A few thoughts on the Week 4 game between the Dallas Cowboys and the Tennessee Titans, both from an on-field perspective and a fantasy football perspective. Denver won the game 17-10.

On-field
*The Cowboys have a lot of quality offensive weapons. In fact, with their offensive line and their stable of backs, Dallas should be a run-first juggernaut, much like the Panthers were last year. But you have to wonder whether coordinator Jason Garrett is willing to move that way as a play-caller. But a run-first approach would feature Marion Barber and Tashard Choice (as well as Felix Jones, when he gets healthy again) and allow Roy Williams to be a down-field threat and Jason Witten and Martellus Bennett to be mid-field threats via play-action. This kind of approach best fits the Cowboys’ offensive line as well, because they would be able to use their size to their advantage. It would also cover up the lack of depth Dallas has at wide receiver behind Williams.
*Moreover, leaning into their running strengths would allow the Cowboys to take pressure off of Tony Romo, who isn’t playing up to his physical gifts right now. He made killer mistakes that cost the Cowboys a Denver touchdown and a scoring chance of their own, but Romo was precise throwing the ball most of the time. He’s good with no pressure on him but seems to wilt under the pressure too often. If the Cowboys ran more, it would take some pressure off Romo and perhaps let him get his feet back under him.
*This is my first extended look at the Broncos’ defense, and I’m more impressed than I thought I’d be. OLB-DE Elvis Dumervil, who had his seventh and eighth sacks of the season, is quick and determined on the pass rush. The one thing the Broncos’ front seven has is speed, and that made for a bad matchup in pass protection for Dallas’ huge but slow offensive line in pass-rush situation. But Dallas’ line did a good job on several screen passes of making outside blocks to spring big plays.
*Rookie OLB Robert Ayers, one of Denver’s first-round picks this year who plays beside Dumervil on many passing downs, is downright tiny and will have to put on weight to be a force, but he is quick off the edge.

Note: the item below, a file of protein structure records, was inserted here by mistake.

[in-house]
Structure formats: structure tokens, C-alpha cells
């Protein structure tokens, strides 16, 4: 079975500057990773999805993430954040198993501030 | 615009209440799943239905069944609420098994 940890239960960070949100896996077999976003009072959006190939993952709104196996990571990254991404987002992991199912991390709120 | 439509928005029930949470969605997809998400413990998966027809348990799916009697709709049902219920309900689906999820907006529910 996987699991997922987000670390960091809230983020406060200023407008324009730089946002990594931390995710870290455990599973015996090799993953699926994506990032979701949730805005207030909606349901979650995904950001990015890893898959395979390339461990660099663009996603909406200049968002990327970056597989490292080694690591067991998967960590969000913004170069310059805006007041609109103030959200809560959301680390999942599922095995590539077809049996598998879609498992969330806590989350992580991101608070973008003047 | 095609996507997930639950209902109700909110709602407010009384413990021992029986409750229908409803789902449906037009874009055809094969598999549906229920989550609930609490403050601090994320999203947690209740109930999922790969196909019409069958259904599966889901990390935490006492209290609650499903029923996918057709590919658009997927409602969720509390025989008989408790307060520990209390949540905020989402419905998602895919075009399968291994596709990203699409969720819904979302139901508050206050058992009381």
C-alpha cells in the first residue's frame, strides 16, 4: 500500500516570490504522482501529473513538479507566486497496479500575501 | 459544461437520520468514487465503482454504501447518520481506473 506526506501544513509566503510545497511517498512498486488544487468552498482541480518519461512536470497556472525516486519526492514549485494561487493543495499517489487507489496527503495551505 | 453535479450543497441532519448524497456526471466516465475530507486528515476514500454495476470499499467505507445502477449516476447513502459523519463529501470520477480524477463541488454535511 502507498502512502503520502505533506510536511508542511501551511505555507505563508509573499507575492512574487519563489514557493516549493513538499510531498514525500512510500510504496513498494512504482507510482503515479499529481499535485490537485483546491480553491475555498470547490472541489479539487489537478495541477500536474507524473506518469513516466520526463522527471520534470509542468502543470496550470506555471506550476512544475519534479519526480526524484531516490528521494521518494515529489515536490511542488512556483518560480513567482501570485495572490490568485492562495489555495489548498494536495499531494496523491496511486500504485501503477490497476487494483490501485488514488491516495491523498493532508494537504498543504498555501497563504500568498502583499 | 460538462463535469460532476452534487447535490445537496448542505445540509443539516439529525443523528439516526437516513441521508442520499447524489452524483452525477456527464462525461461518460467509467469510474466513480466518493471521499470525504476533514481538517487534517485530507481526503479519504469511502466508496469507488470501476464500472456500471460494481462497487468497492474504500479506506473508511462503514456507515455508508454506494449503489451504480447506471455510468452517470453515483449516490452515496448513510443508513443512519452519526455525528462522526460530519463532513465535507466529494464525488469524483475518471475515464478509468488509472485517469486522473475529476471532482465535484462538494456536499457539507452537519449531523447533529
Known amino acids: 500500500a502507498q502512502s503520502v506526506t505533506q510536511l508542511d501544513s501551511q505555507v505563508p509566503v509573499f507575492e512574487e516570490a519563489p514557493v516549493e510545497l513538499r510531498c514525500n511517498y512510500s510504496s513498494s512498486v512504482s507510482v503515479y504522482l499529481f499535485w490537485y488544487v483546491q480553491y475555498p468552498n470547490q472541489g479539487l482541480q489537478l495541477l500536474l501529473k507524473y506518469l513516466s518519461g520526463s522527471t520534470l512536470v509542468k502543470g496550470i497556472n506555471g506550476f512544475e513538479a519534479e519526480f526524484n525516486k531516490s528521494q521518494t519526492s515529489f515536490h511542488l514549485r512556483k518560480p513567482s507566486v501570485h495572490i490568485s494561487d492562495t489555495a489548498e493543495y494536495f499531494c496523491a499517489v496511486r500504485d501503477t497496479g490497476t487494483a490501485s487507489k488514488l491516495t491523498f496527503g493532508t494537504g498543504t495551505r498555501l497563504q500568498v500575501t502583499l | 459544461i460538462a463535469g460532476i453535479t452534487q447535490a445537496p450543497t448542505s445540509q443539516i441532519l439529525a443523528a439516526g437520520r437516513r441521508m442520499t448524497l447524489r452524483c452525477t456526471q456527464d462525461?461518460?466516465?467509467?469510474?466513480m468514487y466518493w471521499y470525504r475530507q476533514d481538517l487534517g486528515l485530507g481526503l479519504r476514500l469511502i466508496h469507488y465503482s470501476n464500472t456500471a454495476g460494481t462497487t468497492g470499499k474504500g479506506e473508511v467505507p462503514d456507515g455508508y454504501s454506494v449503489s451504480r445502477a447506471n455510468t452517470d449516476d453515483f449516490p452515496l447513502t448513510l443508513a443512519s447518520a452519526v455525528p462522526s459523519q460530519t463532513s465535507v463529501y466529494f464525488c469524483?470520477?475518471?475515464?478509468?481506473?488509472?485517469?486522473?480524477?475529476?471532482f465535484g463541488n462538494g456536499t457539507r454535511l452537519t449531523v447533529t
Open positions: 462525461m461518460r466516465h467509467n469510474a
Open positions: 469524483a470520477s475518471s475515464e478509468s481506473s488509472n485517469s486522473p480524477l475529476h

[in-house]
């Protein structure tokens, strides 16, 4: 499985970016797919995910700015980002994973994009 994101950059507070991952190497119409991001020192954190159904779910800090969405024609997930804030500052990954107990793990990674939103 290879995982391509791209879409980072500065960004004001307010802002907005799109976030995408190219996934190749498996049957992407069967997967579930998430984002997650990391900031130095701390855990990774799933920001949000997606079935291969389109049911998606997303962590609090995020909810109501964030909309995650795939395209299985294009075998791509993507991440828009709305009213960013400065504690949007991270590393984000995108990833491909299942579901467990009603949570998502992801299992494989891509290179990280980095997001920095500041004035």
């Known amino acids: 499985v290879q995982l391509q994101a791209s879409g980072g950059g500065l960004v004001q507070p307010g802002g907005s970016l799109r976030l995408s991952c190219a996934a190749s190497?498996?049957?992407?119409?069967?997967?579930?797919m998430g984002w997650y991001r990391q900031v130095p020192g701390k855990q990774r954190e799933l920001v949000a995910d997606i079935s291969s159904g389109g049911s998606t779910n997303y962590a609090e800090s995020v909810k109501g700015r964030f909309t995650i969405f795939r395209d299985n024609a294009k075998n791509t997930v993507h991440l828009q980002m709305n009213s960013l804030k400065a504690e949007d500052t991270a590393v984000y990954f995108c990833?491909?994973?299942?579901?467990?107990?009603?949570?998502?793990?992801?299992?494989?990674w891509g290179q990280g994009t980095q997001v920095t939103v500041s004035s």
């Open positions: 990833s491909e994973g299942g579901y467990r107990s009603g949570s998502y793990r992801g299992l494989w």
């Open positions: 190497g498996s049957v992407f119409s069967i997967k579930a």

*The play Knowshon Moreno made on his second-quarter touchdown catch shows why the Broncos wanted to draft him even though he didn’t fit a need. Moreno is extremely talented, and Denver could build its offense around him if it wanted. It just doesn’t seem as though Josh McDaniels wants a run-first team revolving around a bell-cow back. Of course, Correll Buckhalter is a good player as well, so using both guys makes sense. But Denver could and should get more out of Moreno.
*Denver’s passing game, though, is less than the sum of its parts. Part of that is because Kyle Orton is OK but not special as a quarterback. He’s not able to utilize WRs Brandon Marshall and Eddie Royal the way strong-armed Jay Cutler was last year.
*Brandon Marshall can cause his share of trouble, but you saw at the end of the game why the Broncos haven’t cut the cord. Marshall’s leaping catch and then double-cutback run for the game-winning touchdown was a jaw-dropping play, and it indicates just how talented Marshall is.
*It’s not fair that Denver’s Matt Prater gets to kick off at altitude eight times a year. Combine his strong leg with the Mile High altitude, and you get the strange sight of Dallas RS Miles Austin standing five yards deep (in the stranger sight – the diamond-patterned end zone) to receive the kick. Prater becomes a field-position weapon for the Broncos on kickoffs in home games like this one.

Fantasy Football thoughts
*There are few things better as a fantasy owner than watching Marion Barber run as hard as he did and push the pile into the end zone as he did on his first-quarter touchdown. He’s a hard-nosed runner who’s a sure-fire starter as long as he’s healthy. The problem with his running style is that it keeps him from being healthy all the time.
*I like the skill set of both Broncos RBs, Knowshon Moreno and Correll Buckhalter, but neither seems to be enough of a focal point to make them fantasy starters week to week. But both are good players, and they’re worth having on your roster because they’re decent options if you get in a bye-week or injury-caused pinch.
*I wouldn’t want to have to rely on any of the receivers from this game. For Dallas, Roy Williams simply isn’t a true go-to guy, which means Dallas won’t rely on him. And the other receivers – Patrick Crayton, Miles Austin, and Sam Hurd – are as unimpressive as any 2-3-4 combo in the league. Even Jason Witten, a terrific player, is losing numbers because defenses can focus on him – to the point that I might start looking for a replacement if I owned him. For Denver, Orton’s not able to make full use of Brandon Marshall and Eddie Royal, and so their numbers suffer as well. None of these receivers, as talented as Williams or Marshall or Royal are, are among the top 20 fantasy wideouts, and only Marshall can make an argument to be in the top 25. He’s worth a shot in most leagues because he can break a big play, but I wouldn’t center my team around him.